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NEW YORK — Rachel Roy is trying to stop Jones Apparel Group from selling her business to Bluestar Alliance for $14.6 million, a move that allegedly was done without her consent.
This story first appeared in the April 24, 2014 issue of WWD. Subscribe Today.
Roy has filed a lawsuit against Jones claiming breach of a contractual agreement in connection with the sale of her business, which allegedly was done “free and clear” of the designer’s approval rights. The lawsuit was filed April 11 in a New York state court in Manhattan. Named as defendants were Jones Investment Co. Inc., Jones Apparel Group USA Inc. and The Jones Group Inc. Jones has since been acquired by Sycamore Partners in a transaction valued at $2.2 billion.
Neither Sycamore nor Bluestar were named as defendants in the suit. As the new owner of Jones, Sycamore executives declined comment on the legal matter.
Roy entered into interrelated agreements with Jones in 2008 to develop and sell products under the Rachel Roy brand. Those agreements include the transfer of intellectual property assets, an asset purchase agreement, a licensing agreement and an employment agreement establishing Roy as artistic director for the Rachel Roy brand.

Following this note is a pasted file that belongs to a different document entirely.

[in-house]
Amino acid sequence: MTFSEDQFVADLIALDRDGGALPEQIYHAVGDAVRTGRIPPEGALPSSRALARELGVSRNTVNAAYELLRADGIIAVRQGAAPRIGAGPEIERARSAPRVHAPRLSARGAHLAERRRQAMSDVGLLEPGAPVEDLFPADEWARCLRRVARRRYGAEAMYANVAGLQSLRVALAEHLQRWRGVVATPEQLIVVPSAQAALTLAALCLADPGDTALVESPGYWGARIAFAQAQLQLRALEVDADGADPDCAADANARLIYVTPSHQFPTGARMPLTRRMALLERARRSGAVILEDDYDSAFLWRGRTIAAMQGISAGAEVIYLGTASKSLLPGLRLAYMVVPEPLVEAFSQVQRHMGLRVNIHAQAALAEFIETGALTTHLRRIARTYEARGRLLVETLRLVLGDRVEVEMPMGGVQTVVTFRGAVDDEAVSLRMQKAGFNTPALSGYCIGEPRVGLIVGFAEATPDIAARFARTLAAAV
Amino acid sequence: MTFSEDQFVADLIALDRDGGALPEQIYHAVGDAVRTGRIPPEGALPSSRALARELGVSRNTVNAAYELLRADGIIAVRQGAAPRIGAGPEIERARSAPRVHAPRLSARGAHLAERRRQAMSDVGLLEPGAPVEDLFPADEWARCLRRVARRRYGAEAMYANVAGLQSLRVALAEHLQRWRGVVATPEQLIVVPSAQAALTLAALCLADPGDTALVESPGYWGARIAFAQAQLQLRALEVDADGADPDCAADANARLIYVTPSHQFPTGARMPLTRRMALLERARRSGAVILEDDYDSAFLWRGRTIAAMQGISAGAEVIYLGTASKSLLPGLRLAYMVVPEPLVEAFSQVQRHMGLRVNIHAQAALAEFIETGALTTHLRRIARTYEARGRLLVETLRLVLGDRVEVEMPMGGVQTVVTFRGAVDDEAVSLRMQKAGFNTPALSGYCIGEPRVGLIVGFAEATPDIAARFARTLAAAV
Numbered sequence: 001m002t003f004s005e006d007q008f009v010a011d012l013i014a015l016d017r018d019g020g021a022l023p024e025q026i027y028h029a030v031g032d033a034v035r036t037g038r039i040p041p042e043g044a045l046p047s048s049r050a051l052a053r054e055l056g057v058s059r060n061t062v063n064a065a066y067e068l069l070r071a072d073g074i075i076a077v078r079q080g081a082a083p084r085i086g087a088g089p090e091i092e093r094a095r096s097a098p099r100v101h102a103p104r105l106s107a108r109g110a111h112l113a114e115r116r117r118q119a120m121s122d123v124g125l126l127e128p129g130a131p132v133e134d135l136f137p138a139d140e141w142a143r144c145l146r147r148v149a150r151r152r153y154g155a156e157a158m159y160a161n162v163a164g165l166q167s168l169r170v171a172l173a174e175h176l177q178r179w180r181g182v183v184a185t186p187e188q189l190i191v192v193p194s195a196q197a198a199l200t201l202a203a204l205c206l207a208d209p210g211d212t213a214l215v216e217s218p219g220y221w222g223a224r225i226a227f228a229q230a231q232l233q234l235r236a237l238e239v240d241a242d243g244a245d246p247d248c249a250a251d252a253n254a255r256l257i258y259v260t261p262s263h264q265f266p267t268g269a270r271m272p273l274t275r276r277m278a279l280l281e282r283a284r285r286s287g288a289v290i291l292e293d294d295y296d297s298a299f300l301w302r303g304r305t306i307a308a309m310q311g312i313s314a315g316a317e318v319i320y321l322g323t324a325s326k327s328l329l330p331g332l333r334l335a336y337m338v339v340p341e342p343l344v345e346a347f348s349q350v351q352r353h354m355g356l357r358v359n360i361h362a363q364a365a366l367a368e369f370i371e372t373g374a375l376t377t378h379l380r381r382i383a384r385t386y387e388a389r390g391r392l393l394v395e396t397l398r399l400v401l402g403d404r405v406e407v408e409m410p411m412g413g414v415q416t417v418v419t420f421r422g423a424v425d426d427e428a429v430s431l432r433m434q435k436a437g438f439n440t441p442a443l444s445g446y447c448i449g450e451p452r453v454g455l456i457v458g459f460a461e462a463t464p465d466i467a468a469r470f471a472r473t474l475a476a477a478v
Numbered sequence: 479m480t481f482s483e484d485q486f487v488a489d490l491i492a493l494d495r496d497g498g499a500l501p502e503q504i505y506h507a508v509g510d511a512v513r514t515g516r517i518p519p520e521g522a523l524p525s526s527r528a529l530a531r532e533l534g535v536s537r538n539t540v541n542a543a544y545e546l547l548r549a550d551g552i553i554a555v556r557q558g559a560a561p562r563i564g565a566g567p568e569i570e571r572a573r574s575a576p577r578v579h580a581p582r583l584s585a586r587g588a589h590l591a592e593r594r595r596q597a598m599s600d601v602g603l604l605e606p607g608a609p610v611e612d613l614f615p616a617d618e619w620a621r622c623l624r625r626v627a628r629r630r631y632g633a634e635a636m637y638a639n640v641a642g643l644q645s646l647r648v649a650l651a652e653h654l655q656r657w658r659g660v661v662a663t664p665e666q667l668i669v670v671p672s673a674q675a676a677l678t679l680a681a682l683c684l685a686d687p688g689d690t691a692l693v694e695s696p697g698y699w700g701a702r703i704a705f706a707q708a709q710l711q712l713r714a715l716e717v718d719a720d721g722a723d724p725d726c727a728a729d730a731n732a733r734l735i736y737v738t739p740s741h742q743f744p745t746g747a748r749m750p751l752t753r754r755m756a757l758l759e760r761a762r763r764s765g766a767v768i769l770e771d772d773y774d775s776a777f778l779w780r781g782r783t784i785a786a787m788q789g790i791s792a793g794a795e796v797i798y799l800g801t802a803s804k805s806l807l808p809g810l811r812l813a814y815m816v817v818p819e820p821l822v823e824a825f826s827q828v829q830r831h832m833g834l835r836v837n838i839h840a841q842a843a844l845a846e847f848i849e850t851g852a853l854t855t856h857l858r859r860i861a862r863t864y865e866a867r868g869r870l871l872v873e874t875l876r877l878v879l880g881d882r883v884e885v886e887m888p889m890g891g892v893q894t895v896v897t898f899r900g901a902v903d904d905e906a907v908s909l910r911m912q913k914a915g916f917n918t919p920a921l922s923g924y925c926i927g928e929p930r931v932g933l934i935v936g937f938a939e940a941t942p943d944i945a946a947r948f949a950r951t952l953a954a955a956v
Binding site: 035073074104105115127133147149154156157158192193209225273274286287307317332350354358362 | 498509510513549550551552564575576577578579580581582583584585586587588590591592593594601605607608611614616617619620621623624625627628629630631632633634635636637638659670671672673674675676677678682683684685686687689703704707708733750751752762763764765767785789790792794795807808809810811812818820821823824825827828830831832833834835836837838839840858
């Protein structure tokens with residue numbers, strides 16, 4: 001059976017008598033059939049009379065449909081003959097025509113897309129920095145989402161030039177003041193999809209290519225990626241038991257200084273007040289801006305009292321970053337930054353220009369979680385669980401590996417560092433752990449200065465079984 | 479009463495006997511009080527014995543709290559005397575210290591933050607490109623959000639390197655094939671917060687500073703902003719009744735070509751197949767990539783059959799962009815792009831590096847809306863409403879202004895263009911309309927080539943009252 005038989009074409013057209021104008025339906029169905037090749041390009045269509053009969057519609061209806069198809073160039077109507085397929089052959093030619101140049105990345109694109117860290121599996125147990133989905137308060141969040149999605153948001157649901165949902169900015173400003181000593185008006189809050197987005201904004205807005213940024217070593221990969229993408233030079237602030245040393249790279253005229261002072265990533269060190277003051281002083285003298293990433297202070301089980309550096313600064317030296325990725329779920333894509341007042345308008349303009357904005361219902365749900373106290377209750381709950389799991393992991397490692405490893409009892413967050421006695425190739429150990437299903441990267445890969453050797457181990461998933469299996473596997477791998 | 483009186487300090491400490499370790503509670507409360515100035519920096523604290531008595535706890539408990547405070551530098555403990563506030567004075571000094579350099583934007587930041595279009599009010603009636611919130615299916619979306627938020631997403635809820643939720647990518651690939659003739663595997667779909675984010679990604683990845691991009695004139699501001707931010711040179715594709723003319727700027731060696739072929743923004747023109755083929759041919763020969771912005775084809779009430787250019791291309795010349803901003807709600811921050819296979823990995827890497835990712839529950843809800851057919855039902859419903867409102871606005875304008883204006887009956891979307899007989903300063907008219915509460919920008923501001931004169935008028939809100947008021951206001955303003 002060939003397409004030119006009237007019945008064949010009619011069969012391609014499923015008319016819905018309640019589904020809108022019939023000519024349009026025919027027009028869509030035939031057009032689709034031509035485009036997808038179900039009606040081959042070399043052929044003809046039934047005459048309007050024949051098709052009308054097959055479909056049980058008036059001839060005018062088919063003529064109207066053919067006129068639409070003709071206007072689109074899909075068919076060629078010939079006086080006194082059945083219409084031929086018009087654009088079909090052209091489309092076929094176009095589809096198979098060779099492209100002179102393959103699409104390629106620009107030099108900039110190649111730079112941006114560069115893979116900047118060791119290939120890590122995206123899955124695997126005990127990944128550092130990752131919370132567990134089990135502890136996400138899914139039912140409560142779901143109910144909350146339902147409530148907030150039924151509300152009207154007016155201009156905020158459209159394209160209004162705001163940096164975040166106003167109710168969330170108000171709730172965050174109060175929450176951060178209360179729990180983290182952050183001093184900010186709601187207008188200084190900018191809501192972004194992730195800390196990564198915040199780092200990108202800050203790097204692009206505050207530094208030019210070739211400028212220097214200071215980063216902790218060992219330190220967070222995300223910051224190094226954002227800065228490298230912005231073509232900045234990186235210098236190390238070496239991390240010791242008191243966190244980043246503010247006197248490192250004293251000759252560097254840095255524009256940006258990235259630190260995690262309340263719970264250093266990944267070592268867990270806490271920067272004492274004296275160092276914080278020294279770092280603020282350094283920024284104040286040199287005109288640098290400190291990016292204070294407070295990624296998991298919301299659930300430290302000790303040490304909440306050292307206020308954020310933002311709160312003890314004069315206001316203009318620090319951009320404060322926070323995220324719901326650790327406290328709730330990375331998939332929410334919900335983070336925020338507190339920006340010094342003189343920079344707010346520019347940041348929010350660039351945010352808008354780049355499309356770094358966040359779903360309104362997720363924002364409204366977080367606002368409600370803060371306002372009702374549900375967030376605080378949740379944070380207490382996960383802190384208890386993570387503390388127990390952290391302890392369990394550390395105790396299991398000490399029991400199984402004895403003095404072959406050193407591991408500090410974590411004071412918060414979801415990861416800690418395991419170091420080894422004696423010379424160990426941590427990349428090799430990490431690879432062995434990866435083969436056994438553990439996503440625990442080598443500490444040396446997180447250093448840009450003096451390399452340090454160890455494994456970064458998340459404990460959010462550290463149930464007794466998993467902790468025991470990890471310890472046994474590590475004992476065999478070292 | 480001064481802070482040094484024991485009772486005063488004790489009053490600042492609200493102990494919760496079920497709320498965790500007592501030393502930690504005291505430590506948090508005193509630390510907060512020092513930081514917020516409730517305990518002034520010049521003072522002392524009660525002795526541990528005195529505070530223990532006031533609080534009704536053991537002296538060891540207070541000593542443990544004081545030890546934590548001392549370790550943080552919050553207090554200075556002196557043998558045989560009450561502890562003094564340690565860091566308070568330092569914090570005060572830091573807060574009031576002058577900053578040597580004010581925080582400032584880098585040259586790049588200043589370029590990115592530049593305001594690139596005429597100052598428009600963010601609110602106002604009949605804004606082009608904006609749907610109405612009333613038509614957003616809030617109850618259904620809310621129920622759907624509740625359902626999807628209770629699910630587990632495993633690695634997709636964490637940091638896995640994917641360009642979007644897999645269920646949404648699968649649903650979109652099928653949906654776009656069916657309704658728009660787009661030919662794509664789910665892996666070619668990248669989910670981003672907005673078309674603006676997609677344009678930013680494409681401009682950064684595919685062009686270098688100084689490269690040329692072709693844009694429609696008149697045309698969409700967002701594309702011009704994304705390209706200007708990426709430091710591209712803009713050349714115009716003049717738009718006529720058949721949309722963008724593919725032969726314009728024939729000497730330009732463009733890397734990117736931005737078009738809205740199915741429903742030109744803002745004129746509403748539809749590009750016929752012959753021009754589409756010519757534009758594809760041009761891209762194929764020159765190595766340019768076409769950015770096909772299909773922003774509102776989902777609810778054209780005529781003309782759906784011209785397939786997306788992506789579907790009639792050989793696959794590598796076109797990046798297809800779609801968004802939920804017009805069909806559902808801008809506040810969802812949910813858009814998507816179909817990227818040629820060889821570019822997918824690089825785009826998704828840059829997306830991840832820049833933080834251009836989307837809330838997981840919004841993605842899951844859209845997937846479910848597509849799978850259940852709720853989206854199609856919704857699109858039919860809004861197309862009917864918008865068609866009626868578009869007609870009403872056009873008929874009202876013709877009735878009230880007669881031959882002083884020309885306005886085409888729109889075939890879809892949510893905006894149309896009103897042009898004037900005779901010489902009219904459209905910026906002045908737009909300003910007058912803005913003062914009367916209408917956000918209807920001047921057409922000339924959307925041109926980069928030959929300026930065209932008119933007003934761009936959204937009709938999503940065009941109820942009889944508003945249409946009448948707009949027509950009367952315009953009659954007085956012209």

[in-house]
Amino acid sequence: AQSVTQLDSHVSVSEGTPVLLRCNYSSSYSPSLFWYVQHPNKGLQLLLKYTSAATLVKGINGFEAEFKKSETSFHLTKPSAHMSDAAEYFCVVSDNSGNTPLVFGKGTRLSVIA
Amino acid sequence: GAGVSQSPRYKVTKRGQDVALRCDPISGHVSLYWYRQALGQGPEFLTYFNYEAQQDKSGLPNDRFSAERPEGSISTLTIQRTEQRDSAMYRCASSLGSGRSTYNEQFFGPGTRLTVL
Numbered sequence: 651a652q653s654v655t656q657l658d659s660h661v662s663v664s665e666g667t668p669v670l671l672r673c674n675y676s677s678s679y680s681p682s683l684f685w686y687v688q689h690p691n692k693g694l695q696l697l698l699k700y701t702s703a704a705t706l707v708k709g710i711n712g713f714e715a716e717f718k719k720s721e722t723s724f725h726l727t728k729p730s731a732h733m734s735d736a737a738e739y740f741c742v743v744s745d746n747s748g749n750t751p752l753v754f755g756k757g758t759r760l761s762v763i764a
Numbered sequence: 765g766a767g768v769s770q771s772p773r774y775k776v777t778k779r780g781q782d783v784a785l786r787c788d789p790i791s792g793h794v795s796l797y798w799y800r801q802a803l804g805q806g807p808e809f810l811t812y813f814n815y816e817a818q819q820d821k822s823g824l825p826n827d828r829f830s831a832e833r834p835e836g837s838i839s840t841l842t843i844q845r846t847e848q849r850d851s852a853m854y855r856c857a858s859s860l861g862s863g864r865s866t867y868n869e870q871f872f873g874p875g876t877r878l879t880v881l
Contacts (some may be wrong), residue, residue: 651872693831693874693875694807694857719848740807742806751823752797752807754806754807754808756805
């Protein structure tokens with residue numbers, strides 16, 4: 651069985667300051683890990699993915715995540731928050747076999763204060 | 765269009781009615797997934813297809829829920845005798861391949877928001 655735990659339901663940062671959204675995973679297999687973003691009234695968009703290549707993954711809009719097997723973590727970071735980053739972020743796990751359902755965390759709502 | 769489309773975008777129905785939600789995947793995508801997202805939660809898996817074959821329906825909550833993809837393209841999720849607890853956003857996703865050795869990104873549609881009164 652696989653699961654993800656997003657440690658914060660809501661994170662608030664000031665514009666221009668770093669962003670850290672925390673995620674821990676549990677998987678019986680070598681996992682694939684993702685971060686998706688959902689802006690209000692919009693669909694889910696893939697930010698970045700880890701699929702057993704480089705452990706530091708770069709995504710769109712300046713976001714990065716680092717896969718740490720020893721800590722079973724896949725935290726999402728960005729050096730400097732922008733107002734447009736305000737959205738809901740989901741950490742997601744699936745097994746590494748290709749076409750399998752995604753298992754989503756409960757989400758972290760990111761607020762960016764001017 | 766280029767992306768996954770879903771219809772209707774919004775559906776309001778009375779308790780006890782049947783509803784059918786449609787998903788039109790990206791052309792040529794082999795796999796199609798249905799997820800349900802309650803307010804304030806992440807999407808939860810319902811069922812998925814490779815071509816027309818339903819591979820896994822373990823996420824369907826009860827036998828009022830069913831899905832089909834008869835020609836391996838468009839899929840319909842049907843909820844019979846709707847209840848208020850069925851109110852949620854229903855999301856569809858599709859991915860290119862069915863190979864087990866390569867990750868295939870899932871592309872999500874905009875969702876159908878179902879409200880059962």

The agreements were drafted by Jones, and Roy was not represented by counsel in connection with those negotiations, the lawsuit said.
According to the complaint, filed by her attorneys at Kasowitz, Benson, Torres & Friedman, “Jones had no intention of actually partnering with Ms. Roy, but instead entered into these agreements under false pretenses, and now wrongfully seeks to take exclusive control of Ms. Roy’s brand and the trademarks.”
The lawsuit also said that Roy’s “rights to creative control and approval of designs were non-negotiable conditions of the business relationship.” The court document specified that a critical aspect of the deal with Jones was that Roy “would at all times retain full creative control over the designs that were to be sold under her name, and would have exclusive approval rights over the use of the trademarks.”
Prior to the completion of the sale of Jones to Sycamore, Jones had shut down Roy’s business. The lawsuit said the action was done to “eviscerate” Roy’s Rachel Roy designer brand, and that Jones was “stonewalling” all efforts by her to continue conducting her business. The lawsuit also alleged that executives at Jones were incentivized to sell to Sycamore due to possible “golden parachute compensation” in excess of $53 million, and that it was Sycamore who wanted Jones to “purge the Rachel Roy business.”
The lawsuit also alleged that Jones went ahead with the deal with Bluestar even though there were other parties who were both interested in acquiring the Roy assets and would honor Roy’s approval rights.
There is also a Rachel Rachel Roy contemporary collection that is sold exclusively to Macy’s, which Jones will continue to produce.
Roy is seeking a declaration from the court that Jones had no authority to sell the Rachel Roy trademarks without her “explicit approval.” In addition, due to the alleged breach of the 2008 interrelated agreements between Roy and Jones, she is seeking a rescission, or an undoing, of those agreements, in addition to damages in the form of lost profits and lost opportunities.